Credit: WETA

James Cameron always has one foot in the future. As a filmmaker, he waited several years to make Avatar so that the effects technology would catch up to the vision he had in his head. And as a savvy businessman, he’s bet heavily in the vast potential of the Asian movie market. “Within five years, China could easily be as big a gross-revenue market for film as North America, and there are very specific economic incentives for having both Chinese content and Chinese co-production,” Cameron recently told the Hollywood Reporter.

But Cameron is looking beyond investing in mere cinematic infrastructure; he’s doubling down with his creative process. The Oscar-winning director tells the trade that Avatar fans should expect to see Chinese actors and Chinese characters in his two sequels. “We can have Chinese Na’vi; [and in the live-action sequences] we can also have Chinese actors who speak English in the film.” Cameron said. “We are projecting a future in Avatar, and if you project that future out, it is logical that there would be a number of Chinese amongst the contingent on Pandora.”

Such gestures seem rather harmless and pass any risk-benefit analysis: It does make practical sense to include a character or 10 that more than a billion potential customers can better identify with. Plus, in 2154, when Avatar is set, China will likely play an even larger role on the global stage than it does today, so in that regard, a greater Chinese presence seems logical.

But Chinese Na’vi? To be honest, I never really applied earthly racial categories to the giant blue people with tails, though I was aware of the ethnicity of the actors who portrayed them and it was clear that Cameron instilled the tribe with a Native American sensibility. Perhaps the underwater creatures that are rumored to play a large part in the Avatar sequel will have a very different look, one that is more closely identified with Asians or some other recognizable demographic.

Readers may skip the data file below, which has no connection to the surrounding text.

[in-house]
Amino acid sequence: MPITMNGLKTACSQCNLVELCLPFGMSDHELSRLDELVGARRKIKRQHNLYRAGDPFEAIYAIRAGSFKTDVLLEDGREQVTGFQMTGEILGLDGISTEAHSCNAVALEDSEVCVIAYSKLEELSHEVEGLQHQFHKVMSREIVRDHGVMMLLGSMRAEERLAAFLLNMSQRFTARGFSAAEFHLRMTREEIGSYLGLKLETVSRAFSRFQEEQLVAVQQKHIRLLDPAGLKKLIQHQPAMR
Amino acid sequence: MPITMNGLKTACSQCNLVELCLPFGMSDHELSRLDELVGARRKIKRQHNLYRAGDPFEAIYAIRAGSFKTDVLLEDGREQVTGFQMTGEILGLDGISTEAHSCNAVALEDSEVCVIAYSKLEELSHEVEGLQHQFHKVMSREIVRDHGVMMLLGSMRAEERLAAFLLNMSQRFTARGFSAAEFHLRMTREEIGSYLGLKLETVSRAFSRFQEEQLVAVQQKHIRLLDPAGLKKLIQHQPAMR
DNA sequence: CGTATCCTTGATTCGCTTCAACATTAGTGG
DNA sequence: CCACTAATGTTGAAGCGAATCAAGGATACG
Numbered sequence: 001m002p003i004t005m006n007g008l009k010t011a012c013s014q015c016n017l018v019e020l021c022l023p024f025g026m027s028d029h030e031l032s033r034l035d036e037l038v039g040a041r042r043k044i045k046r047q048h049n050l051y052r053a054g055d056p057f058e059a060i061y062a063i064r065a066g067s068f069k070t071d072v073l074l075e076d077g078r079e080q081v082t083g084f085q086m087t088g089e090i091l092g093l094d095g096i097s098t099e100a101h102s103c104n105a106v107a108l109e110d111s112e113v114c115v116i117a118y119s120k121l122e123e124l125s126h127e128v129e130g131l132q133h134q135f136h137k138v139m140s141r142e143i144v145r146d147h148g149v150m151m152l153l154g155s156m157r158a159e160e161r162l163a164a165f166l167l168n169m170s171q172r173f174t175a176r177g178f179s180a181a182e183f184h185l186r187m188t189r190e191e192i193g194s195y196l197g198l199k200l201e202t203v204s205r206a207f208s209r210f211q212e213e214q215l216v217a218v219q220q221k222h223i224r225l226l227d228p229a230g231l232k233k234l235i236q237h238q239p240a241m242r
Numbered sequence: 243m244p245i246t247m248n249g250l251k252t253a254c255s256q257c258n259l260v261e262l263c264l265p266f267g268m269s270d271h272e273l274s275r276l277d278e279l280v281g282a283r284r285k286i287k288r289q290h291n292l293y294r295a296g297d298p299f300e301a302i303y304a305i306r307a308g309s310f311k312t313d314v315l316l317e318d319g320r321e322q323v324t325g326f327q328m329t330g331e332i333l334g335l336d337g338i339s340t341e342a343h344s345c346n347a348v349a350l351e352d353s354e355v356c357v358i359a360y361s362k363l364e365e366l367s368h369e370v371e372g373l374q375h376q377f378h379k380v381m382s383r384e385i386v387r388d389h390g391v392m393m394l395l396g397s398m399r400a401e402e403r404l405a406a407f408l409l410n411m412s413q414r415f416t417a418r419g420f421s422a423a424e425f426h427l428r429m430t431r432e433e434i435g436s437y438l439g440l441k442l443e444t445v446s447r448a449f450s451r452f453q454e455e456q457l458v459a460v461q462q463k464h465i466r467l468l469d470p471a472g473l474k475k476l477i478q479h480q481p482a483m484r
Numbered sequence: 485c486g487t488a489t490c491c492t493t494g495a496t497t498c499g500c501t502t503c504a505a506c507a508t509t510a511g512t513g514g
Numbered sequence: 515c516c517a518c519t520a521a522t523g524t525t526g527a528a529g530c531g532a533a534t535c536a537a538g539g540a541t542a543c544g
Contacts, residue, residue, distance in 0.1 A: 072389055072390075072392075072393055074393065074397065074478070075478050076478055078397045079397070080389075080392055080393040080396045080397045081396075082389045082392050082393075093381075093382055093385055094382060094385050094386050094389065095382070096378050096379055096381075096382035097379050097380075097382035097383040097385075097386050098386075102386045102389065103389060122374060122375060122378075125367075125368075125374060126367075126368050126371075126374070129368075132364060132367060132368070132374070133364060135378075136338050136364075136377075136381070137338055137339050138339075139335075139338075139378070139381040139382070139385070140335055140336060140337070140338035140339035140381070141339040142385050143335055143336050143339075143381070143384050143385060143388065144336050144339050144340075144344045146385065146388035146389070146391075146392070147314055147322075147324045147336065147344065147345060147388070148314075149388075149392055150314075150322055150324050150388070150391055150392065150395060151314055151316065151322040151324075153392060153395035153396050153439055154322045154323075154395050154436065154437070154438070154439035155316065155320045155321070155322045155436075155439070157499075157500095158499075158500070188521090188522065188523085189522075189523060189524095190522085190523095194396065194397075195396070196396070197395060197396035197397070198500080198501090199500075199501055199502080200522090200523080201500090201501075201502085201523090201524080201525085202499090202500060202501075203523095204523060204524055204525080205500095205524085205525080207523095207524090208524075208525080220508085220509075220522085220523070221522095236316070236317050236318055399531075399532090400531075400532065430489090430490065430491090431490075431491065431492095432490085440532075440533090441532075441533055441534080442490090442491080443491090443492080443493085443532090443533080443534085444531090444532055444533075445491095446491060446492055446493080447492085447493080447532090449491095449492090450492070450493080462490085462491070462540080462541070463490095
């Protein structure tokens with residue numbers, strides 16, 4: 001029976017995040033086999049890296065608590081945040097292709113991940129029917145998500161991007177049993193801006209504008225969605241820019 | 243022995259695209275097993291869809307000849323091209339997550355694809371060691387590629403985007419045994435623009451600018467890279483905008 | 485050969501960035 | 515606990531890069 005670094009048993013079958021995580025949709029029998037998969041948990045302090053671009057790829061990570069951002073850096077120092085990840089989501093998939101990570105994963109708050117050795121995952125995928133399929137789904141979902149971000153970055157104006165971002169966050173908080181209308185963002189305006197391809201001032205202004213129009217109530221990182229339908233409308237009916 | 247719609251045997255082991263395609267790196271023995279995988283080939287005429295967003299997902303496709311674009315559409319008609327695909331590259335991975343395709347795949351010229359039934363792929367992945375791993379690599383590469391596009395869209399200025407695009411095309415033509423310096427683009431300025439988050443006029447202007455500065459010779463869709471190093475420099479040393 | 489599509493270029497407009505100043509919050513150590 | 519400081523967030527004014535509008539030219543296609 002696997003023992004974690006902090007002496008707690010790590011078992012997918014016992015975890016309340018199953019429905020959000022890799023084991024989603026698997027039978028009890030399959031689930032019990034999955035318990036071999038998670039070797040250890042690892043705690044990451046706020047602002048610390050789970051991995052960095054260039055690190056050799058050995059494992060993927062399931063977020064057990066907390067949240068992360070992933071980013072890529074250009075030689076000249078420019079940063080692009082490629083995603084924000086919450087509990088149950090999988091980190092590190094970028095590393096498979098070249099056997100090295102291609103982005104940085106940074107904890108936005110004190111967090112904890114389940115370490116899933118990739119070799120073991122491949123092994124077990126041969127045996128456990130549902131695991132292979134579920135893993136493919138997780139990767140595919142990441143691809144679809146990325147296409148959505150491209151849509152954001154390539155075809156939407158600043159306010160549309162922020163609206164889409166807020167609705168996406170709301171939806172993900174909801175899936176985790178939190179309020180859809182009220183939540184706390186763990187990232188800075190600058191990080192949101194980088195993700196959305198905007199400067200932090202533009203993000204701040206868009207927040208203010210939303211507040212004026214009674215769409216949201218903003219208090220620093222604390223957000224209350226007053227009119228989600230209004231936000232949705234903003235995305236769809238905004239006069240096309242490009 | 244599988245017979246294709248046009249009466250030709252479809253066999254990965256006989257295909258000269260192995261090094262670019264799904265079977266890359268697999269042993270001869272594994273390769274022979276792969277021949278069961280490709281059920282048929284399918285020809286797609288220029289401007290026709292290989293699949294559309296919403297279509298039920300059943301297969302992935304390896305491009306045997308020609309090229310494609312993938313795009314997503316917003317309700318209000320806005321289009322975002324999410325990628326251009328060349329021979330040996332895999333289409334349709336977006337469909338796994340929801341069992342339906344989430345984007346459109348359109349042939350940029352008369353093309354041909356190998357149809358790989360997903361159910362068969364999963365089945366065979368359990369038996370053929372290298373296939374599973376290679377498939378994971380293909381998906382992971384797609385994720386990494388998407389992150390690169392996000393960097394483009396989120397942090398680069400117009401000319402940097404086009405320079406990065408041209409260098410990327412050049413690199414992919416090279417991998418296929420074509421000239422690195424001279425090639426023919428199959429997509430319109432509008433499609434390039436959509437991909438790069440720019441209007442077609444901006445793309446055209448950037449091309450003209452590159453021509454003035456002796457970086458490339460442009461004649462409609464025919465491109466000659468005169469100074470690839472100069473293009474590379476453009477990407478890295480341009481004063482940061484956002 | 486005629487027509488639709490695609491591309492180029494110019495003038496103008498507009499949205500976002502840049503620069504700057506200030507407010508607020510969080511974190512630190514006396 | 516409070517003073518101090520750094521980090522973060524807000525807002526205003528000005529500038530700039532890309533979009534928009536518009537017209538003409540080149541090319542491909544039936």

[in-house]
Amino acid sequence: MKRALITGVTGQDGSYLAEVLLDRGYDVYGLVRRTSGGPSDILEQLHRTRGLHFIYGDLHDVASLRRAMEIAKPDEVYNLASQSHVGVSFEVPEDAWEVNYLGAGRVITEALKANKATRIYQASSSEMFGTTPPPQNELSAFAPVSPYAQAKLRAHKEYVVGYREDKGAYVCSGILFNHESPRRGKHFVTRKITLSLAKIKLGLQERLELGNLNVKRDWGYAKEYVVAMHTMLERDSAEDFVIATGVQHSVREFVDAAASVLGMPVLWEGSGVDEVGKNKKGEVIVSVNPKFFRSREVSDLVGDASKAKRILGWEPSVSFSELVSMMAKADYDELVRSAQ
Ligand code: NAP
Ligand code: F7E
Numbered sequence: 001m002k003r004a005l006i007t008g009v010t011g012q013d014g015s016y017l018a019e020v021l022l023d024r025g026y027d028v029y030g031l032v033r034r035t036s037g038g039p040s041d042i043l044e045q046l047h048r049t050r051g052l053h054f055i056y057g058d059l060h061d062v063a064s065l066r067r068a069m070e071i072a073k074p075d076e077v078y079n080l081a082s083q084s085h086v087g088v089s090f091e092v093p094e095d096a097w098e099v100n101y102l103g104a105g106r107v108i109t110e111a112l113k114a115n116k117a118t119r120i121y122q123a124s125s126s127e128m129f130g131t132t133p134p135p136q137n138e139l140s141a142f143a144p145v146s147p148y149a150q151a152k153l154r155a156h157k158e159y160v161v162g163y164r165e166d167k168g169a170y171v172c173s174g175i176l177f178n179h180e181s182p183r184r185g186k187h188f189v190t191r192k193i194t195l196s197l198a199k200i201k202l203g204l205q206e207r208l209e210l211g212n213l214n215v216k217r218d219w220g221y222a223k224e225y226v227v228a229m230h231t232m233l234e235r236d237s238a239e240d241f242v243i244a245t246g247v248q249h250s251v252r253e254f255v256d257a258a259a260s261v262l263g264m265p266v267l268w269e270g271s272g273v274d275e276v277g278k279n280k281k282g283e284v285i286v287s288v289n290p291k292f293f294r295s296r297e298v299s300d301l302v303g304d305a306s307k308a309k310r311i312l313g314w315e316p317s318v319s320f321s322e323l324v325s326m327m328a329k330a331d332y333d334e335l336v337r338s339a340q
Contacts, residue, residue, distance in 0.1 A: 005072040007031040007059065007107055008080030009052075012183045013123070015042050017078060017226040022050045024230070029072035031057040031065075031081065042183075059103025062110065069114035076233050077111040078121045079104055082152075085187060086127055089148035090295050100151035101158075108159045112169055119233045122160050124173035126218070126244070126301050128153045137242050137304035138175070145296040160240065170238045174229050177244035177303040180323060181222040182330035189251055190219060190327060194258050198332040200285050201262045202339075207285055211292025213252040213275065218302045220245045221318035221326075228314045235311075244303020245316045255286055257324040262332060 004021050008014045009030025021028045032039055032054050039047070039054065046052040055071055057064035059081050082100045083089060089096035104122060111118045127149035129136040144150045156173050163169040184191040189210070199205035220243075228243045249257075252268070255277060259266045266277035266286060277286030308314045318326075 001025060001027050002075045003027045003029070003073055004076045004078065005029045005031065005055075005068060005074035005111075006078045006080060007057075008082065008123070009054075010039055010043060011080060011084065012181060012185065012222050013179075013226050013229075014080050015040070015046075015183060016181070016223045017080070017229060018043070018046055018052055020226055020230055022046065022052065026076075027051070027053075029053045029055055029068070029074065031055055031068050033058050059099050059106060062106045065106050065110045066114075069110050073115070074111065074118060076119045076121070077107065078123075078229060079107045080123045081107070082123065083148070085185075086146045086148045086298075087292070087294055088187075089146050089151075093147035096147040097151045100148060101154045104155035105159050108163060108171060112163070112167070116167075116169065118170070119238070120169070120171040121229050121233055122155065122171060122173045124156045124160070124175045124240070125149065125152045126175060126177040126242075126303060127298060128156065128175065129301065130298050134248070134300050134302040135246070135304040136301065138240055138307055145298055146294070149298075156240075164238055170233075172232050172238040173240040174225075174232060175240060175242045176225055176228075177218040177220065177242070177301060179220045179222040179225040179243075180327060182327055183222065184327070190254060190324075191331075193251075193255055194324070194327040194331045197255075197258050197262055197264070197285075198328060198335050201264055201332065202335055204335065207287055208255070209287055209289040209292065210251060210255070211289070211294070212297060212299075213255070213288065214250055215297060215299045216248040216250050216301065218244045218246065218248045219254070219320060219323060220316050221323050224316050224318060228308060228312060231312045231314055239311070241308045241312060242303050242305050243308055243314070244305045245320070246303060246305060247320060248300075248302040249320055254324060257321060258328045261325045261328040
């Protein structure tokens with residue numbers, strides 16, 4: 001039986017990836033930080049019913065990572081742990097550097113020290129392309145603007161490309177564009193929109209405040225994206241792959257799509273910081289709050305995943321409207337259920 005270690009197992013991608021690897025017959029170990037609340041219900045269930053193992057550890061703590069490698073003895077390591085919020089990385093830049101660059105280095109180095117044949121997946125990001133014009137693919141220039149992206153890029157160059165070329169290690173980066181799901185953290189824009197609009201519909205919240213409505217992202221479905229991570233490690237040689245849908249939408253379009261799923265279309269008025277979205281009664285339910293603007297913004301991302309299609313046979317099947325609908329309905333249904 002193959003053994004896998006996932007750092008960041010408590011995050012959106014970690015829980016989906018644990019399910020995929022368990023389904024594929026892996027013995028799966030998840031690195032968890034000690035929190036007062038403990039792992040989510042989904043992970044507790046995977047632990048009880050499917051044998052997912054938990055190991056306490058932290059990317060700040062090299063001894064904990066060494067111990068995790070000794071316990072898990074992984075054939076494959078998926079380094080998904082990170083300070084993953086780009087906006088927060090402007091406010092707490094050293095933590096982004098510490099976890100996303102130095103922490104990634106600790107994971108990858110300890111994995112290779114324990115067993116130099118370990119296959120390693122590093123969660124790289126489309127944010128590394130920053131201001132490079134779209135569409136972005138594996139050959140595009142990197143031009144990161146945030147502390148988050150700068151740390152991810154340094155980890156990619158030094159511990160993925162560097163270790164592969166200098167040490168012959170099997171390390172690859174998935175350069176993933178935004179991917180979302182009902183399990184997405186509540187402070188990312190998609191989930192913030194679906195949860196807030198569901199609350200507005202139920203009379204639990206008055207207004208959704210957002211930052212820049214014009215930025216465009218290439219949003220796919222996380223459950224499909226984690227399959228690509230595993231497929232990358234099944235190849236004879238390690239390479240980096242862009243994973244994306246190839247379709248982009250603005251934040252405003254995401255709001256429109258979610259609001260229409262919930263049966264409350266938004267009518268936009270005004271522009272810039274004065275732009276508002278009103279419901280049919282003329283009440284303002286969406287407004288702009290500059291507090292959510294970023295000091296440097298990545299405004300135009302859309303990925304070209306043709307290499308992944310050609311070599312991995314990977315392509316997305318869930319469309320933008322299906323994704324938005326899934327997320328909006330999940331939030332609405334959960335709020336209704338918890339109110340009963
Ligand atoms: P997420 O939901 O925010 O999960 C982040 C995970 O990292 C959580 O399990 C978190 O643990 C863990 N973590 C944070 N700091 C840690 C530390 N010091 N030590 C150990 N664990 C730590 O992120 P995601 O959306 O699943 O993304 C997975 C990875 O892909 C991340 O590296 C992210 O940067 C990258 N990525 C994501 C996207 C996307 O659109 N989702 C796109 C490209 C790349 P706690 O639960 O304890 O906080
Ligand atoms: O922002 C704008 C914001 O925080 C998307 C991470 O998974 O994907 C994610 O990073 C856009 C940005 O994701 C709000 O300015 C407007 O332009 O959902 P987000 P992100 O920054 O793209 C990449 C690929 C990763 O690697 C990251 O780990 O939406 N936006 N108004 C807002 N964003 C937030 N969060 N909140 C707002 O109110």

But it’s potentially a slippery slope, even if such considerations don’t result in such overt alterations as the upcoming Red Dawn remake, which re-imagined its Chinese villains as North Koreans in order to be more palatable to Beijing. In the case of Avatar 2, this kind of diversity could actually enhance creativity — in the same way George Lucas peppered his universe with a variety of races, both imagined and derivative — but there’s still something slightly unnerving about political considerations playing any role in the process. Will Ben Kingsley’s Mandarin — a dastardly, tech-savvy Chinese villain in the comics — be less Chinese or less dastardly in Iron Man 3? (I assume the former, judging by Sir Ben.) Will Avengers 2 be tempted to welcome the half-Vietnamese Mantis to the team?

One positive result about Hollywood’s growing awareness of the strategic importance of Asian markets is that we may finally close the book on the cliched portrayals of Asian characters, from Mickey Rooney in Breakfast at Tiffany’s to Long Duk Dong in Sixteen Candles. In fact, when I contemplate just for minute Hollywood’s long tradition of reinforcing Asian stereotypes, and how a heroic “Chinese” character in Avatar 2 might help redefine our image of a people, I envision some justifiably laughing at my notions of a “slippery slope.”

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